Why are our Early Learning years so important? what does it have to do with Counselling?
The Power Of Early Learning in Counselling
What is the power of Early learning in counselling why is it important? Understanding how the brain develops can help us understand why counselling works. We were all babies once.
Much of a babies brain is developed after birth. Approximately 90% of brain growth happens before nursery. At birth, the average baby’s brain is about a quarter of the size of the average adult brain. During the first year is doubles in size. It keeps growing to about 80% of adult size by a child is aged aged 3. By the age of 5 a child’s brain is nearly fully grown.
Development of a Babies Brain
A newborn baby has all of the brain cells (neuron’s) they’ll have for the rest of their life, but it’s the connections between these cells that really make the brain work. Brain connections enable us to move, think, communicate and do every action or thought. The early childhood years are crucial for making these connections. At least one million new neural connections (synapses) are made every second, more than at any other time in life. So when a client arrives in therapy they are bringing these childhood, unconscious experiences with them. They have been carrying them since childhood.
Faster Older Structures
Its the fast/older structures within the brain develop first during childhood (remember we talked about them in part 1) Therefore, the first few years of life (beginning in the womb) have a disproportionate impact on the development of the brain.
The early years present the best opportunity for a child’s brain to develop the connections they need to be healthy, capable, successful adults. The connections needed for many important, higher-level abilities like motivation, self-regulation, problem solving and communication are formed in these early years. Or not formed in some cases.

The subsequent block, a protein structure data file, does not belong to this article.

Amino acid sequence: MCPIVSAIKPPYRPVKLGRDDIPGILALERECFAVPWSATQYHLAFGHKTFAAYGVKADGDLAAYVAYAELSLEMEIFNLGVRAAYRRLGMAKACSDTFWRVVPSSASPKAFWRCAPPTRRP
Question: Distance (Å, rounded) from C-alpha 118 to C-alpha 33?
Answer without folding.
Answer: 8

How Brain Connections Are Made
Starting from birth, children develop brain connections through their everyday experiences. They’re built through positive interactions with their parents and carers. A young child’s daily experiences determine which brain connections develop and which will last for a lifetime. The amount and quality of care, stimulation and interaction they receive in their early years makes all the difference. You can learn more about brain architecture and how early experiences affect brain development from Harvard University’s Centre on the Developing Child.
Childhood memories – how this can effect us as adults.
From birth, young children serve up invitations to engage with their parents and other adult carers. This “serve and return” process is fundamental to the wiring of the brain. By the time we develop self awareness, we have already been programmed by early experience and assume these to be true.
The Task of Therapy
My aim as a therapist would be to help clarify suggested or implied but not ever clearly said “memories” – by putting a narrative to these unconscious experiences. By doing this symptoms, such as seemingly self destructive behaviours can be viewed as implicit memories – rather than pathology, being a bad person or stupidity even.